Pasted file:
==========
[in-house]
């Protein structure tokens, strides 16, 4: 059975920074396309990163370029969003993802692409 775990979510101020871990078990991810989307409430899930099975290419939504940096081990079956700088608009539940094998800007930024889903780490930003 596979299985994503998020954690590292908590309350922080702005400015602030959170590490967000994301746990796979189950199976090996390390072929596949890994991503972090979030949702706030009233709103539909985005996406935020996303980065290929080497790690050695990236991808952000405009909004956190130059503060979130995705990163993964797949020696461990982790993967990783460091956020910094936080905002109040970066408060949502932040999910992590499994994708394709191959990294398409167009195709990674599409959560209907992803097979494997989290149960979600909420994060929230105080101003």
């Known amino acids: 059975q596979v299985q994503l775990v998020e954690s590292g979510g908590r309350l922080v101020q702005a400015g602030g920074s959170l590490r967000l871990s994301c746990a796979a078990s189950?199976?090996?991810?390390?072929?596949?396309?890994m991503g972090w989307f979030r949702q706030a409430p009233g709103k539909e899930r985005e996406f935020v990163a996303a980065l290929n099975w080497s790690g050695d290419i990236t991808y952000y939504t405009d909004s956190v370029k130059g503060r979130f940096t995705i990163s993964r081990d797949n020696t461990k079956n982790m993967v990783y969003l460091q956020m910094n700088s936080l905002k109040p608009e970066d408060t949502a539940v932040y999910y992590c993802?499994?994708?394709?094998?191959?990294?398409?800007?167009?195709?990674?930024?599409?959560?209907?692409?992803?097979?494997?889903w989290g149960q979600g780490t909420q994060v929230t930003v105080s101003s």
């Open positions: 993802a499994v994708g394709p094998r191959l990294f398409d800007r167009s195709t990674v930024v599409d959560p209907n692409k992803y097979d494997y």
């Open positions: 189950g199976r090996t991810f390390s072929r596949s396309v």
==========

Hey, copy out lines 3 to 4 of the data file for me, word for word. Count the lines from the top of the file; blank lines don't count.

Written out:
């Known amino acids: 059975q596979v299985q994503l775990v998020e954690s590292g979510g908590r309350l922080v101020q702005a400015g602030g920074s959170l590490r967000l871990s994301c746990a796979a078990s189950?199976?090996?991810?390390?072929?596949?396309?890994m991503g972090w989307f979030r949702q706030a409430p009233g709103k539909e899930r985005e996406f935020v990163a996303a980065l290929n099975w080497s790690g050695d290419i990236t991808y952000y939504t405009d909004s956190v370029k130059g503060r979130f940096t995705i990163s993964r081990d797949n020696t461990k079956n982790m993967v990783y969003l460091q956020m910094n700088s936080l905002k109040p608009e970066d408060t949502a539940v932040y999910y992590c993802?499994?994708?394709?094998?191959?990294?398409?800007?167009?195709?990674?930024?599409?959560?209907?692409?992803?097979?494997?889903w989290g149960q979600g780490t909420q994060v929230t930003v105080s101003s």
């Open positions: 993802a499994v994708g394709p094998r191959l990294f398409d800007r167009s195709t990674v930024v599409d959560p209907n692409k992803y097979d494997y």